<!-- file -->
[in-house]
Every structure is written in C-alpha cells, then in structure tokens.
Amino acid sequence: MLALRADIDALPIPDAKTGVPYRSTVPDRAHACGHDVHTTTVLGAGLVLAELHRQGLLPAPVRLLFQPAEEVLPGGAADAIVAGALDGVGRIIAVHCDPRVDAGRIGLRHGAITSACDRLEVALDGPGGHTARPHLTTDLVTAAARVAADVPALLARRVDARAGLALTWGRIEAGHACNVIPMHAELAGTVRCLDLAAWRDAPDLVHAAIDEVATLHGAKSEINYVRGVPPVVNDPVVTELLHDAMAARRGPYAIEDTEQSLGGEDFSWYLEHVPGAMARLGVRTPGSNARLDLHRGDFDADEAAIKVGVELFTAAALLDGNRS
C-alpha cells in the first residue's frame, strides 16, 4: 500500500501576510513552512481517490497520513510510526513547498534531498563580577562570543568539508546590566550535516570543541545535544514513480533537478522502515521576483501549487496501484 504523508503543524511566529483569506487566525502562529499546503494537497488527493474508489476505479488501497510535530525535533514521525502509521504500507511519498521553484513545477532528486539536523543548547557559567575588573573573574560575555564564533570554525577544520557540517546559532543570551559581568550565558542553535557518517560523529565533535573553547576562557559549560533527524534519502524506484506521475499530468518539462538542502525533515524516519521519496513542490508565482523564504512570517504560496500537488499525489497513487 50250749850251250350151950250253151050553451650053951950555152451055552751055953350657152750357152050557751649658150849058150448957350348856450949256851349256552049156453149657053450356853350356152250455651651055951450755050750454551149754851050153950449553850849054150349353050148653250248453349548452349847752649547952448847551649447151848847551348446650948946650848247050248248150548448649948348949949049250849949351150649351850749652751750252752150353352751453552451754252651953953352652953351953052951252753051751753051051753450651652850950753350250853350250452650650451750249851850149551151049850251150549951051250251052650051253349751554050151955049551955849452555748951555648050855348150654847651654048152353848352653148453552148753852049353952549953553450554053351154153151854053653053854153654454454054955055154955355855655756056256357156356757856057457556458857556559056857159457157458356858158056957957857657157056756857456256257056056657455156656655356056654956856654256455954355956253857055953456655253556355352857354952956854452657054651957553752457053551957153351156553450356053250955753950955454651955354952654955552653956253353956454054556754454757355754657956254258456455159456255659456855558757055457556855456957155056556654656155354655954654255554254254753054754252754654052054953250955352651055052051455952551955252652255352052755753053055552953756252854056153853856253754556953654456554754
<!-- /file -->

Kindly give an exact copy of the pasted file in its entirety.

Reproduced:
[in-house]
Every structure is written in C-alpha cells, then in structure tokens.
Amino acid sequence: MLALRADIDALPIPDAKTGVPYRSTVPDRAHACGHDVHTTTVLGAGLVLAELHRQGLLPAPVRLLFQPAEEVLPGGAADAIVAGALDGVGRIIAVHCDPRVDAGRIGLRHGAITSACDRLEVALDGPGGHTARPHLTTDLVTAAARVAADVPALLARRVDARAGLALTWGRIEAGHACNVIPMHAELAGTVRCLDLAAWRDAPDLVHAAIDEVATLHGAKSEINYVRGVPPVVNDPVVTELLHDAMAARRGPYAIEDTEQSLGGEDFSWYLEHVPGAMARLGVRTPGSNARLDLHRGDFDADEAAIKVGVELFTAAALLDGNRS
C-alpha cells in the first residue's frame, strides 16, 4: 500500500501576510513552512481517490497520513510510526513547498534531498563580577562570543568539508546590566550535516570543541545535544514513480533537478522502515521576483501549487496501484 504523508503543524511566529483569506487566525502562529499546503494537497488527493474508489476505479488501497510535530525535533514521525502509521504500507511519498521553484513545477532528486539536523543548547557559567575588573573573574560575555564564533570554525577544520557540517546559532543570551559581568550565558542553535557518517560523529565533535573553547576562557559549560533527524534519502524506484506521475499530468518539462538542502525533515524516519521519496513542490508565482523564504512570517504560496500537488499525489497513487 50250749850251250350151950250253151050553451650053951950555152451055552751055953350657152750357152050557751649658150849058150448957350348856450949256851349256552049156453149657053450356853350356152250455651651055951450755050750454551149754851050153950449553850849054150349353050148653250248453349548452349847752649547952448847551649447151848847551348446650948946650848247050248248150548448649948348949949049250849949351150649351850749652751750252752150353352751453552451754252651953953352652953351953052951252753051751753051051753450651652850950753350250853350250452650650451750249851850149551151049850251150549951051250251052650051253349751554050151955049551955849452555748951555648050855348150654847651654048152353848352653148453552148753852049353952549953553450554053351154153151854053653053854153654454454054955055154955355855655756056256357156356757856057457556458857556559056857159457157458356858158056957957857657157056756857456256257056056657455156656655356056654956856654256455954355956253857055953456655253556355352857354952956854452657054651957553752457053551957153351156553450356053250955753950955454651955354952654955552653956253353956454054556754454757355754657956254258456455159456255659456855558757055457556855456957155056556654656155354655954654255554254254753054754252754654052054953250955352651055052051455952551955252652255352052755753053055552953756252854056153853856253754556953654456554754